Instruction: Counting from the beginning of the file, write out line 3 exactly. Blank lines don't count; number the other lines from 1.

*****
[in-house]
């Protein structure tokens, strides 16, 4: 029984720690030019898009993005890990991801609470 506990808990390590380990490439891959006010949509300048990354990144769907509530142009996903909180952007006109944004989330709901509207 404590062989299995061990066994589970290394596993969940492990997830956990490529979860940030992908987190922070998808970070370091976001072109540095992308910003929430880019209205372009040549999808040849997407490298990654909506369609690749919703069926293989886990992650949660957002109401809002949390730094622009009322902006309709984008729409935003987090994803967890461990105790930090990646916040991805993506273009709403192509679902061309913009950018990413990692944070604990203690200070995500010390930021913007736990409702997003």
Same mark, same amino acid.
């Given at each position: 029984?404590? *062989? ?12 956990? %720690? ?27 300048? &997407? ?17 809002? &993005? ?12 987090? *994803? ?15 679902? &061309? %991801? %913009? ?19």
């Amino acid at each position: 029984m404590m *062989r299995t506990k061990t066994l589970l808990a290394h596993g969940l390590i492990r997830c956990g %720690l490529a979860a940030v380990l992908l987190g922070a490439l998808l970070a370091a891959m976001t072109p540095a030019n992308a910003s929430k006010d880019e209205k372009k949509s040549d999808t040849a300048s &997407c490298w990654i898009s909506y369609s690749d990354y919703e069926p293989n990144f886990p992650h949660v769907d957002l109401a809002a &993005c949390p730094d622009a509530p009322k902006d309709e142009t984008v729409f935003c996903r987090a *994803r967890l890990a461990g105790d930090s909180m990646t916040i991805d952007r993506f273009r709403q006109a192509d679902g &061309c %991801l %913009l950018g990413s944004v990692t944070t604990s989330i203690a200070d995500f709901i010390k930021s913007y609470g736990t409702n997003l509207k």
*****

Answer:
Same mark, same amino acid.